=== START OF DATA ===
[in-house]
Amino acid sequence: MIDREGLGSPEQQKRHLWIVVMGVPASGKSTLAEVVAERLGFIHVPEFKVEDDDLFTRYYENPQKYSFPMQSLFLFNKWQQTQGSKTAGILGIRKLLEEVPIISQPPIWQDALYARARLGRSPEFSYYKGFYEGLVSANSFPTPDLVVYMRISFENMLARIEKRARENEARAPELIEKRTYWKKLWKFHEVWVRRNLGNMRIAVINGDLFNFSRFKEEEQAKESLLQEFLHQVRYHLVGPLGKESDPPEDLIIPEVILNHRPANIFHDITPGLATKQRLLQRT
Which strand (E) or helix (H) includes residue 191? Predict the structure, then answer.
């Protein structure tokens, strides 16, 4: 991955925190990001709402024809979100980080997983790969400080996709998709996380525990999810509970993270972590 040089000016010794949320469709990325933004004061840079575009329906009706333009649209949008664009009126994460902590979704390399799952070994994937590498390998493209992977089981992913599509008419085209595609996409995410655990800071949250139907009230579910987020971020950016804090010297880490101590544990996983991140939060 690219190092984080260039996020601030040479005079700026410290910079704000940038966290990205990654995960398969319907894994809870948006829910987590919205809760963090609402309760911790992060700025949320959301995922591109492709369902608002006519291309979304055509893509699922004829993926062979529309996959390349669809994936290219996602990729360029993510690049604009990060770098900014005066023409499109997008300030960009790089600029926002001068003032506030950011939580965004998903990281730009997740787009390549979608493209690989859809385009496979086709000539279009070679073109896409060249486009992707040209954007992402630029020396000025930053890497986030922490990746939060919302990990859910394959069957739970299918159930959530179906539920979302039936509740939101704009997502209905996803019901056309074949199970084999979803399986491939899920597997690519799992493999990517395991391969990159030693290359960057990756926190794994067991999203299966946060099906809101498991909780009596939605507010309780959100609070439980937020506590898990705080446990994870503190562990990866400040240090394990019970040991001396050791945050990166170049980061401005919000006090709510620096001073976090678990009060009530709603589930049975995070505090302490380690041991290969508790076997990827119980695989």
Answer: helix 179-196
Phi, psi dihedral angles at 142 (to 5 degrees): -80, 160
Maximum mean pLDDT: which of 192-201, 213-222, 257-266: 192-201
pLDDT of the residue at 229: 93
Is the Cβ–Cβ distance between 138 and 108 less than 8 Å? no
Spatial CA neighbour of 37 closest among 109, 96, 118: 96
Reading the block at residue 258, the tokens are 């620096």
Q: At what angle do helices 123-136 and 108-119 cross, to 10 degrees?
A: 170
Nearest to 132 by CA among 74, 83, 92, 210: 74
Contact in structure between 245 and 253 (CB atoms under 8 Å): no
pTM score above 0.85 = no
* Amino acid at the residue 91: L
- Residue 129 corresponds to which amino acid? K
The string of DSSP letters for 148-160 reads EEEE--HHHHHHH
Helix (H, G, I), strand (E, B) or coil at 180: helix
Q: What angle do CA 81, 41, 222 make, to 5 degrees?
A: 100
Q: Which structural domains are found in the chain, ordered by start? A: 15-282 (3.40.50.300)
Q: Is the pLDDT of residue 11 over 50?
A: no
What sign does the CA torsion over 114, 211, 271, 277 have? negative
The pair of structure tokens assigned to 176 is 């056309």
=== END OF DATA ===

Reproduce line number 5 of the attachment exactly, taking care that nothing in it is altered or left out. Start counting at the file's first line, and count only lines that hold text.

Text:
Answer: helix 179-196